• © 2005 Prentice Hall 16-13 The Matrix Design Functional competence – corporate staff with worldwide responsibility contributes toward the development of functional competence on a global basis Knowledge of customer or industry and its needs – staff with responsibility for serving industries on a global basis assist organizations in their efforts to penetrate specific customer markets
    • © 2005 Prentice Hall 16-14 The Matrix Design
    • © 2005 Prentice Hall 16-15 Lean Production: Organizing the Japanese Way Compares craft production, mass production, and lean production – Craft production meant one worker created one product – Mass production gained advantages because one worker could do far more specialized work do to the moving assembly line – Lean production uses less factory space, smaller inventories, and quality control methods, increased efficiency by 50% over typical mass production
    • © 2005 Prentice Hall 16-16 Global Management Control Control is defined as the process by which managers ensure that resources are used effectively and efficiently in the accomplishment of organizational objectives Planning process can be divided into two phases – Strategic planning is selection of product and market opportunities – Operational planning is the process in which strategic product or market objectives are translated into specific projects and programs
    • © 2005 Prentice Hall 16-17 Global Management Control
    • © 2005 Prentice Hall 16-18 Formal Control Methods Planning – Determines desired sales and profit objectives and projected marketing program expenditures in unit and money terms Budgeting – Expresses the objectives and expenditures of planning in a formal document
    • © 2005 Prentice Hall 16-19 Influences on Marketing Budgets Market Potential – how large is the potential market Competition – what is the level of competition in the market Impact of Substitute Products – are there substitute products available in the market Process – how are performance objectives determined
    • © 2005 Prentice Hall 16-20 The Global Marketing Audit A comprehensive, systematic examination of the marketing environment and company objectives, strategies, programs, policies, and activities – Tool for evaluating and improving company or business unit operations Characteristics: – Formal and systematic – Conducted periodically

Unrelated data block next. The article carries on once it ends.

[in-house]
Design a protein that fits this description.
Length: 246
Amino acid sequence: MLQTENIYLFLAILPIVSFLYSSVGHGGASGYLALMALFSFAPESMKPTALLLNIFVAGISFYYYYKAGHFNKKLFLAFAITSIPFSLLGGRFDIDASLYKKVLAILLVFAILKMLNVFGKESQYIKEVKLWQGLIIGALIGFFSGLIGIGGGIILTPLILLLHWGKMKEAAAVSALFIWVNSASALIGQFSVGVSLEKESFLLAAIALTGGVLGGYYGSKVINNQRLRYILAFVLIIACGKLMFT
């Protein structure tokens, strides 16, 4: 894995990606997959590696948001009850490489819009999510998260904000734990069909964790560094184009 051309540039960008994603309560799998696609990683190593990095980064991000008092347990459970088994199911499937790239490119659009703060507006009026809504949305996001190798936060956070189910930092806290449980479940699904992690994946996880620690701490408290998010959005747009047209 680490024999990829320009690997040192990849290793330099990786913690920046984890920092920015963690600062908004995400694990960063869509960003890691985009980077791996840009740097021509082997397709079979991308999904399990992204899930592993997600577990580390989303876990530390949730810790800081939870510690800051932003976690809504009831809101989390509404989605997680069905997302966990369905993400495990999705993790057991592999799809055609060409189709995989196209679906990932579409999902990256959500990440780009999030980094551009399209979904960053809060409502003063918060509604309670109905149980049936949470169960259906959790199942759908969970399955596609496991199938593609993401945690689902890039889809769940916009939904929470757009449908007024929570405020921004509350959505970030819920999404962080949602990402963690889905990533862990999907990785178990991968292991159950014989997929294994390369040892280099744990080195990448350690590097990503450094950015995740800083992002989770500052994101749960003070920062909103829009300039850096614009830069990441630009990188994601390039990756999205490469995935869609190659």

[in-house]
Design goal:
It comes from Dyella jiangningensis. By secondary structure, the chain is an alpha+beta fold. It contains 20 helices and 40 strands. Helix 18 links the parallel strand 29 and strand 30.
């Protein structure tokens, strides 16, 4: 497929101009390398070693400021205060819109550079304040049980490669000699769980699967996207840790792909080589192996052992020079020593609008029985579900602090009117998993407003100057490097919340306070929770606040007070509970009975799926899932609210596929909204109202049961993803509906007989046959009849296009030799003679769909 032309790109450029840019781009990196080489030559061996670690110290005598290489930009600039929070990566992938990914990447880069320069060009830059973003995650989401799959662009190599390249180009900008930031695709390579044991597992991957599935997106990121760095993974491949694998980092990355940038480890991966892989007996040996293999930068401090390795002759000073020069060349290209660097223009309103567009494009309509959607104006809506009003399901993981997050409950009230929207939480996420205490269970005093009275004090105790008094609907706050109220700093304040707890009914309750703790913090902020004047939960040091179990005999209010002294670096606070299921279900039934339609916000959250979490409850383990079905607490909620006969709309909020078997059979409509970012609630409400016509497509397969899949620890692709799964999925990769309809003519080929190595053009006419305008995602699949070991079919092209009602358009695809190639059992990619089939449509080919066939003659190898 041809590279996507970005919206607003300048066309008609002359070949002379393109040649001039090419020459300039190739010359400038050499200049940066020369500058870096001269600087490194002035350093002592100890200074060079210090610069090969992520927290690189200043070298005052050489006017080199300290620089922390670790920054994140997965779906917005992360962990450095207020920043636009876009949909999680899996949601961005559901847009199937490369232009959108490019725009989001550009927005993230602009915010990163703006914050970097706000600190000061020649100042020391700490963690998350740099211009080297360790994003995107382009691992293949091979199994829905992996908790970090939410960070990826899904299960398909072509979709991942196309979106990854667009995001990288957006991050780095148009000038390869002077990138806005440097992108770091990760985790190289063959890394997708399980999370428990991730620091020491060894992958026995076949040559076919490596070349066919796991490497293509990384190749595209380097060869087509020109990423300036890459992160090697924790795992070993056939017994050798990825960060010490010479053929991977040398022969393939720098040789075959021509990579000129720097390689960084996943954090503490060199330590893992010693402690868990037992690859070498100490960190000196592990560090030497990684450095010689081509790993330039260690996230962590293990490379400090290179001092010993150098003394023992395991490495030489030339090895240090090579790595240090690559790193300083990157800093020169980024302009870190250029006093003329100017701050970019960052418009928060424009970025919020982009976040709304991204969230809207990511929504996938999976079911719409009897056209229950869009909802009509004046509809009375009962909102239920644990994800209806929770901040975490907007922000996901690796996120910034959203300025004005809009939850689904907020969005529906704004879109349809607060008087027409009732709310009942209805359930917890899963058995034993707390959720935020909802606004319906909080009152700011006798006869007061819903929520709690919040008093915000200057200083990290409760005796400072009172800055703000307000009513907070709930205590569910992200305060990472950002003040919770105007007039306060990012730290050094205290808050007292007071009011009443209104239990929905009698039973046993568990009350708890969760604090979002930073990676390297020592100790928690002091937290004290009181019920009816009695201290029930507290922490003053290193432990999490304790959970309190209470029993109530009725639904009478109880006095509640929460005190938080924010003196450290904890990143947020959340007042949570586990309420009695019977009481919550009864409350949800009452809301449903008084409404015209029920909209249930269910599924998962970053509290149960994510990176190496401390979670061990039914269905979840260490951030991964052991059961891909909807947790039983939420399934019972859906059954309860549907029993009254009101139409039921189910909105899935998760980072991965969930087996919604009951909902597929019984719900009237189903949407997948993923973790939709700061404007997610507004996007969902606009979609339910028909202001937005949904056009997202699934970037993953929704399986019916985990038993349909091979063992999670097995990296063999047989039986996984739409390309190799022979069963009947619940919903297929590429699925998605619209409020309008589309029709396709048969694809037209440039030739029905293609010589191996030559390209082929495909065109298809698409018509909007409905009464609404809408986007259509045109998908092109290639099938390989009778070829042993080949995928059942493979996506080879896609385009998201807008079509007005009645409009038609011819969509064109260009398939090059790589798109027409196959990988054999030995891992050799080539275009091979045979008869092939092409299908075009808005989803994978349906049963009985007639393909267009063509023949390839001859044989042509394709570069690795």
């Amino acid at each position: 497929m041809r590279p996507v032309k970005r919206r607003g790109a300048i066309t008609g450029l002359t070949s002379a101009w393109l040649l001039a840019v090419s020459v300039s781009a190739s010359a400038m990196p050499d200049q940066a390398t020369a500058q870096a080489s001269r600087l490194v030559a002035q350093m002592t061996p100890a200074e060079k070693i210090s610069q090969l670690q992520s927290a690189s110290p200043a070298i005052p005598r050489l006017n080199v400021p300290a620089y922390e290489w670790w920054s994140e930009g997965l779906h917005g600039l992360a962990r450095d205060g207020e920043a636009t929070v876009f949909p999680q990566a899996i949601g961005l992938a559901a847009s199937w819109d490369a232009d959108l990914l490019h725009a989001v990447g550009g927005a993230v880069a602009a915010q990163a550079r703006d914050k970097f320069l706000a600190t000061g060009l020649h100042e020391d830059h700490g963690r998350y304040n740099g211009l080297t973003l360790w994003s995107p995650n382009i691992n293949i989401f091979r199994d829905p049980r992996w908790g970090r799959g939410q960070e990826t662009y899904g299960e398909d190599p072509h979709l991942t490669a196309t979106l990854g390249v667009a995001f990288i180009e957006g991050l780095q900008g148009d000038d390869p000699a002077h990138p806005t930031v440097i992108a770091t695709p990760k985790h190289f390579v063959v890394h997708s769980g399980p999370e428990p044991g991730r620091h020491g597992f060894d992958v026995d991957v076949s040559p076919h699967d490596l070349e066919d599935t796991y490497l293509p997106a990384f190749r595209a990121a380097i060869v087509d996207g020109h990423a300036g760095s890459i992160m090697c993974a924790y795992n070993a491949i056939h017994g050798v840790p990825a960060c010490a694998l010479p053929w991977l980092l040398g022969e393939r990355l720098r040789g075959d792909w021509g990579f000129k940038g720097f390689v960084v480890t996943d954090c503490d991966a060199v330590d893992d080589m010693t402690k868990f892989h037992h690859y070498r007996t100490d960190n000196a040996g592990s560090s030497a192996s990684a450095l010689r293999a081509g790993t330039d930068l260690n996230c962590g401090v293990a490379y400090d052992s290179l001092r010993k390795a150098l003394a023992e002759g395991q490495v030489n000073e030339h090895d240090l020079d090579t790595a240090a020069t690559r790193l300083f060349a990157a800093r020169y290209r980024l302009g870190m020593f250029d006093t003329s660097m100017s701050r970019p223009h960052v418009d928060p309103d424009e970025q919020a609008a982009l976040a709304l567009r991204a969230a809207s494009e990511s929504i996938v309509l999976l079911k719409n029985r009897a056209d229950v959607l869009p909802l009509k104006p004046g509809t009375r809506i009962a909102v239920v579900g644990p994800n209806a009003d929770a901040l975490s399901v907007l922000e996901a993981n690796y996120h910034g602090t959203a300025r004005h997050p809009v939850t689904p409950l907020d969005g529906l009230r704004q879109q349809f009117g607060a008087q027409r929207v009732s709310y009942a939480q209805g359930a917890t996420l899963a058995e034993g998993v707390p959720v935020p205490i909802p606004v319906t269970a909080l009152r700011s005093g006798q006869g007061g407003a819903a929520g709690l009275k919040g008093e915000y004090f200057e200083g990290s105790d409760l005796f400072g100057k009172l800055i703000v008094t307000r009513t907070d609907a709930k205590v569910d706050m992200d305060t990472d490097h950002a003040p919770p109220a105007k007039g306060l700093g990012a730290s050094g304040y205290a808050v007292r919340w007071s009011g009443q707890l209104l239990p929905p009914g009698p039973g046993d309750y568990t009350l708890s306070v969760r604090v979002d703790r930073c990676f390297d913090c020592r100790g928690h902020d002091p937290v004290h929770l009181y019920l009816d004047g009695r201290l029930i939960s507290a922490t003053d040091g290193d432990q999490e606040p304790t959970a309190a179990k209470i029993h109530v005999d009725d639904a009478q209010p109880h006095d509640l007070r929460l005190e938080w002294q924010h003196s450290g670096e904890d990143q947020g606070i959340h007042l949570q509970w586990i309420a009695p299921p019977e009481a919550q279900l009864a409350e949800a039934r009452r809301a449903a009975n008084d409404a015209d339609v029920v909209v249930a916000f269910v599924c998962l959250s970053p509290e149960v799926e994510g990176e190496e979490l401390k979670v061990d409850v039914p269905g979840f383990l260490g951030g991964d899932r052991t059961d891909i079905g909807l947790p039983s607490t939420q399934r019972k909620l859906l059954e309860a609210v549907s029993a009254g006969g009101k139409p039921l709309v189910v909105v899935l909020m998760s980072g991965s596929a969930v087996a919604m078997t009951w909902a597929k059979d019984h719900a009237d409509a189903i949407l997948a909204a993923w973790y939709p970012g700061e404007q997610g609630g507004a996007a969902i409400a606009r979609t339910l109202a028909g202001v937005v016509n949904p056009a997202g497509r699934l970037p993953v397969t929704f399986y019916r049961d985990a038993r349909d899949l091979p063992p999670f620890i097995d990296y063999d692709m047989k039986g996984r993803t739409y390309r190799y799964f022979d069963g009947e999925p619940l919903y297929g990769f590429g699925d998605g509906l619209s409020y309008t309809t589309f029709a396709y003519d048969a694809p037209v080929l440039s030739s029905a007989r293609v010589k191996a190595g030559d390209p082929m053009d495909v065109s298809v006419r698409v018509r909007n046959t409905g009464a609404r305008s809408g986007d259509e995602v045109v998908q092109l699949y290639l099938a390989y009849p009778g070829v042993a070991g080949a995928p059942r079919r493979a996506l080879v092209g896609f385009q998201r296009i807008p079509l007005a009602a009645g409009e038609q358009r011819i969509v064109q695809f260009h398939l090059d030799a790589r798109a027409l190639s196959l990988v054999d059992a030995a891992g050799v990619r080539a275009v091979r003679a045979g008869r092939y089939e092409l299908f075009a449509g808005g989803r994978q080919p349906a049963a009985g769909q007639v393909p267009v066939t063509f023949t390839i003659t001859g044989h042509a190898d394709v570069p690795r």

• © 2005 Prentice Hall 16-21 The Global Marketing Audit Internal – Conducted in-house – Provides critical understanding of firm and industry, but may lack objectivity Independent – Conducted by person or firm free of influence from organization being audited – Provides objectivity but may lack industry expertise
    • © 2005 Prentice Hall 16-22 Setting Objectives and Scope of the Audit One of the major tasks is data collection, a detailed plan is needed for – Interviews – Secondary research – Review of internal documents
    • © 2005 Prentice Hall 16-23 Conducting the Audit Meet with company executives and auditor to determine objectives, coverage, depth, data sources, report format, and time period Gather data Prepare and present the report
    • © 2005 Prentice Hall 16-24 Components of a Marketing Audit The marketing environment audit The marketing strategy audit The marketing organization audit The marketing system audit The marketing productivity audit The marketing function audit
    • © 2005 Prentice Hall 16-25 Conclusion Get directly into a job outside your home country or into a multicountry headquarters job in a global company Get company experience in an industry that prepares you for promotion to a job with multicountry responsibility or to an assignment outside your home country
    • THANK YOU! © 2005 Prentice Hall 16-26